Today we are going to look at how to setup PhotoPrism on a Synology NAS using Docker.
PhotoPrism is a tool that you can run inside of Docker that will manage your photo collection. The setup of the container is relatively straightforward, but it’s a pretty powerful photo management solution that was recently upgraded with a ton of new features (including facial recognition).
It has a lot of similar features that Synology Photos has, but it’s missing a few that some users might find important. For example, as of right now, there’s no mobile application. This is relatively important to a lot of people, as the Synology Photos mobile application will automatically back up newly taken photos. Some workarounds allow you to use other applications to “sync” the newly taken photos to a folder on your Synology NAS. Overall, I’d classify this as more of a “workaround” than actual functionality.
1. Ensure that Docker is installed.
2. Create a subfolder under the Docker folder named photo-prism. Inside of there, create two subfolders – config and photos.
3. In a later step, we will take a look at how to map different photo directories to PhotoPrism. However, if you don’t currently have a folder that’s storing your photos, copy your photos into the photos folder. This is what PhotoPrism will read when the tool is launched.
4. Launch Docker and inside of the Registry, download the latest photoprism/photoprism image. The image is large, so it will take a little while to download.
5. When the image is finished downloading, double-click it to create a new container. Give the container a Name and select Advanced Settings.
6. Check off Enable auto-restart. This will automatically start the container.
7. In the Volume section, create two volume mappings as shown in the screenshot below. The first will map our config folder to the /photoprism/storage mount path. Our second will map our photos folder to the /photoprism/originals mount path.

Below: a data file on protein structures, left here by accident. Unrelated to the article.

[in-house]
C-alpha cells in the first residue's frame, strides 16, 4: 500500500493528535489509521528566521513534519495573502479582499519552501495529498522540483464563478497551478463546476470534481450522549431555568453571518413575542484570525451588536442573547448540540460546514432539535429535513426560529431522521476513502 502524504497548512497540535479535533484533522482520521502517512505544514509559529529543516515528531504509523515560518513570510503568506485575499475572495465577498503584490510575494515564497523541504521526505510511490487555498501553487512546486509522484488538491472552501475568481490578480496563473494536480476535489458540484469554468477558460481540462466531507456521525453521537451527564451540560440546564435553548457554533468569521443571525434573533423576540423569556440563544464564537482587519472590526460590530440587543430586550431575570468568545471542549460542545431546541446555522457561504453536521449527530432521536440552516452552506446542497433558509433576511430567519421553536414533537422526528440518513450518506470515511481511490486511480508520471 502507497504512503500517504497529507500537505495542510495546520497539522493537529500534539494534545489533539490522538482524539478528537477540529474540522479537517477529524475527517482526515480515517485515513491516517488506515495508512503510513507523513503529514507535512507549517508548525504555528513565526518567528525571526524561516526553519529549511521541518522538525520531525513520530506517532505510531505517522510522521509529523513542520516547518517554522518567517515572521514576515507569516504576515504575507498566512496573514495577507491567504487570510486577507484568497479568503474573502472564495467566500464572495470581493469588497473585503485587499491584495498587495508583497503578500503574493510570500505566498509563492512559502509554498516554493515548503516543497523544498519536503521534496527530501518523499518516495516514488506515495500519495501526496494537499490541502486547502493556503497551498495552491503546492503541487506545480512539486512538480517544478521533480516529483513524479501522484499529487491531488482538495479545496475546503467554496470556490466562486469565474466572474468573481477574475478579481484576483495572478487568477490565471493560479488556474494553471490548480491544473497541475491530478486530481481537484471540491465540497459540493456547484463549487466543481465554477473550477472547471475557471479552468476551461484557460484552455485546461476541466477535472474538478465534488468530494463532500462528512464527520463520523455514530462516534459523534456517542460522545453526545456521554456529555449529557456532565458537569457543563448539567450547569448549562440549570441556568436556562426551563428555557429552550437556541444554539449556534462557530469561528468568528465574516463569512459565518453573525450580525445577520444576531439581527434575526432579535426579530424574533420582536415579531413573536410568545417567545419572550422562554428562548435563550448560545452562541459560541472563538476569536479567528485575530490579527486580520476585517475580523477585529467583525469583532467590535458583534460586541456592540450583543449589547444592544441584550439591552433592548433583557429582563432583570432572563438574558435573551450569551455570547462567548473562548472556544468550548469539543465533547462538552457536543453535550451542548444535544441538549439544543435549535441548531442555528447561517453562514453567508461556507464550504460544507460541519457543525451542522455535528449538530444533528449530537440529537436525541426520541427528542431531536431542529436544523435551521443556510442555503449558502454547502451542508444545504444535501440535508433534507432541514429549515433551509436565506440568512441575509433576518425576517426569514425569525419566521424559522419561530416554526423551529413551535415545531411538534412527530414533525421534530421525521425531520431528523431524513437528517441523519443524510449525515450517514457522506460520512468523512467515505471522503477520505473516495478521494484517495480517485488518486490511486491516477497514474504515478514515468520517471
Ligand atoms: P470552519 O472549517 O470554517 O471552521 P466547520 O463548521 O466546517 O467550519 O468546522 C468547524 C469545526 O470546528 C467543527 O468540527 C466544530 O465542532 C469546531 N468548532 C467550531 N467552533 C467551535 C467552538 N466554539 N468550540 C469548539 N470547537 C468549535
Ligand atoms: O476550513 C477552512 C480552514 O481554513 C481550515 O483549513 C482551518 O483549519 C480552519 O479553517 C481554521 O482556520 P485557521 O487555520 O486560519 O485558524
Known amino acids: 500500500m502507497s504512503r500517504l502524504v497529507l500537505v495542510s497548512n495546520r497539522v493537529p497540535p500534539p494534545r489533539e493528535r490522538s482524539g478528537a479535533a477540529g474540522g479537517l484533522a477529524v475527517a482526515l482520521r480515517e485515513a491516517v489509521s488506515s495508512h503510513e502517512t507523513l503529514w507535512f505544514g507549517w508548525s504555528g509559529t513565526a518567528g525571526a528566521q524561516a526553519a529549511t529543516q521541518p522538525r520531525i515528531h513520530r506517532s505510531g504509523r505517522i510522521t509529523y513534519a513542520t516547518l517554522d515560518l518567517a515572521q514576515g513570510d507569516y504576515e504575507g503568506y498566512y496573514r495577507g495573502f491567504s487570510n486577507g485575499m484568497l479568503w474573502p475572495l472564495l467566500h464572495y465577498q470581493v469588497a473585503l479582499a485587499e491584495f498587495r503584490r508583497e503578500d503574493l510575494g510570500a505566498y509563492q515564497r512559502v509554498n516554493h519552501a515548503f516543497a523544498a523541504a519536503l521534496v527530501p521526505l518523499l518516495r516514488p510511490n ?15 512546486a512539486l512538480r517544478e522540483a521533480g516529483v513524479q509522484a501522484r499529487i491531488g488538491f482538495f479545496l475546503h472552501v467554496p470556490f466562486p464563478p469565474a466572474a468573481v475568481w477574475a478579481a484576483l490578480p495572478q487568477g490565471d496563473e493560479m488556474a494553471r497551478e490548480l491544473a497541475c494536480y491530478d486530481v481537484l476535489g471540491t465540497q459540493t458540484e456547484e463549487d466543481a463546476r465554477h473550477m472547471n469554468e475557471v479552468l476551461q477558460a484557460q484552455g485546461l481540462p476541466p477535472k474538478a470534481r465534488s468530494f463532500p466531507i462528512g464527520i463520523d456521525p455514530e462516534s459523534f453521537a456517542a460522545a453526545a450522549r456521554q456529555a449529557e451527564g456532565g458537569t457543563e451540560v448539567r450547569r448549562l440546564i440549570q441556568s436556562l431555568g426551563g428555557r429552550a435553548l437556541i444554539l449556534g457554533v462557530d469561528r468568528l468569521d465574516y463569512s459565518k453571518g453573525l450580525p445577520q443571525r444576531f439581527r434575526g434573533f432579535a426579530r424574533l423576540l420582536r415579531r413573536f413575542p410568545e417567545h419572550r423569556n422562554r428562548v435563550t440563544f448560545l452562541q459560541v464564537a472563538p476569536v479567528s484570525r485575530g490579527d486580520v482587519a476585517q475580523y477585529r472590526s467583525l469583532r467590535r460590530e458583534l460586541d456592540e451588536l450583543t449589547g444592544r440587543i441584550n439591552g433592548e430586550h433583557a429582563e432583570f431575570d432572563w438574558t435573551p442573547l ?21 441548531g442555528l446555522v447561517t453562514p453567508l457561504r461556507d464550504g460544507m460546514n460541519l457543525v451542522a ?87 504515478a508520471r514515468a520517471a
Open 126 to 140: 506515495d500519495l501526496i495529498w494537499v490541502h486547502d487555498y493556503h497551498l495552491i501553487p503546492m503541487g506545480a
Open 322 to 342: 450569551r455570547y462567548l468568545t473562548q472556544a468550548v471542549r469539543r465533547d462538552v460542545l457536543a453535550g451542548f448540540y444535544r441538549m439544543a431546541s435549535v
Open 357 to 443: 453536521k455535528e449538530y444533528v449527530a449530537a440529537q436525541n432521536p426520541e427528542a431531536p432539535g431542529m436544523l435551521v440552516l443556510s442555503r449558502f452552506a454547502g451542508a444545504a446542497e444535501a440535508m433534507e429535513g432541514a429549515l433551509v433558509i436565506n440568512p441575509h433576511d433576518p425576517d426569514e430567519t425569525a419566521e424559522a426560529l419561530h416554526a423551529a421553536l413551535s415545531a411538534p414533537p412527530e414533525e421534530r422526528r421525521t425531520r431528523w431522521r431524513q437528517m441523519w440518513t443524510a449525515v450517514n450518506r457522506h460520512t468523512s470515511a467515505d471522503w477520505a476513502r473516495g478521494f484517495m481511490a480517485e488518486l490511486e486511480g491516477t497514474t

Please skip to the Synology Photos Integration step below if you’re interested in using the Synology Photos mobile application with PhotoPrism.
8. In the Port Settings, change the Local Port from Auto to 8080.
9. In the Environment Variables section, create a new environment variable called PHOTOPRISM_ADMIN_PASSWORD and add the value as whatever password you’d like to use on the webpage.
10. Select Apply and create the container. Give the container a few minutes to create, then access the webpage using your Synology NAS’s IP address and port 8080.
11. Log in with the username admin and the password you created in the environment variables.
12. After you’re logged in, select Library, then Start. This will start to index your photos and you should see them start to appear. It’s going to take a little while to index all of your photos as it’s dependent on size. If you’re going to be indexing thousands of photos, give it some time to crawl all of the info in. Please note that facial recognition will not start until all photos have been indexed.
13. At this point, PhotoPrism is set up!